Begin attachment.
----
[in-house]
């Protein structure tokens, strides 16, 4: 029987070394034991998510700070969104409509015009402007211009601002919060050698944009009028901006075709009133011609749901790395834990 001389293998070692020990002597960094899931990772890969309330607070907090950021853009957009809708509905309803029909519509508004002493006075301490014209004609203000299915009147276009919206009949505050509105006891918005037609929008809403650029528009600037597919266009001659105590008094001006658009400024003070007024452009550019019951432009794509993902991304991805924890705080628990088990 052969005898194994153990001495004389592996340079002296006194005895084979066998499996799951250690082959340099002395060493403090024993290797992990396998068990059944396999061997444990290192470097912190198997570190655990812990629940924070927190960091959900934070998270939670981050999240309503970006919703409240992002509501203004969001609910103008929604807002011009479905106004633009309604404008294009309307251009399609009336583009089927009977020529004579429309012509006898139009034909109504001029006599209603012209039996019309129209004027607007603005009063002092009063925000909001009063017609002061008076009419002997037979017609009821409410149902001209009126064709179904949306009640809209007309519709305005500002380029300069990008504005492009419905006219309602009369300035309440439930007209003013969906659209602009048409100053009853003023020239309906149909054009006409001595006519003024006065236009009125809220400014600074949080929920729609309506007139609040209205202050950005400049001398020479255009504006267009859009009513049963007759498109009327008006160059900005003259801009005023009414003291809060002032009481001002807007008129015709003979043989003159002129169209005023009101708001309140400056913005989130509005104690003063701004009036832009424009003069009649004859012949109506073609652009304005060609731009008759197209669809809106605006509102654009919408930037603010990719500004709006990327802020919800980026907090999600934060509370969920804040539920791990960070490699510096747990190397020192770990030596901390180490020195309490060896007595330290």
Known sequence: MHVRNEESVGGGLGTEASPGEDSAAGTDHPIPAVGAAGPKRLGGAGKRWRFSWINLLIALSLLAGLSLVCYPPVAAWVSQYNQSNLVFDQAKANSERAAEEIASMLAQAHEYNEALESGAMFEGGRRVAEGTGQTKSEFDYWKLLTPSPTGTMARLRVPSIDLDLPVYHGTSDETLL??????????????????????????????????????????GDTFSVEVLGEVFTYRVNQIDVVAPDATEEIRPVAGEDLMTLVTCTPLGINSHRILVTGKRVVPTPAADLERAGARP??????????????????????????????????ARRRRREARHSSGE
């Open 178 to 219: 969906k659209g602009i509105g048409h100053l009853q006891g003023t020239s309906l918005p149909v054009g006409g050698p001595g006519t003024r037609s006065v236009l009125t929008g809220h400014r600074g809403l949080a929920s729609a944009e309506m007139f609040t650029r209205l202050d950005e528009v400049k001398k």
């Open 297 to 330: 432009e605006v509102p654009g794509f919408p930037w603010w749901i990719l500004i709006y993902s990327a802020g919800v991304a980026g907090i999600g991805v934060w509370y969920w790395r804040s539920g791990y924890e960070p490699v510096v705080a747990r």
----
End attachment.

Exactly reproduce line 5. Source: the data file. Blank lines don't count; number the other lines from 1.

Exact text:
């Open 297 to 330: 432009e605006v509102p654009g794509f919408p930037w603010w749901i990719l500004i709006y993902s990327a802020g919800v991304a980026g907090i999600g991805v934060w509370y969920w790395r804040s539920g791990y924890e960070p490699v510096v705080a747990r």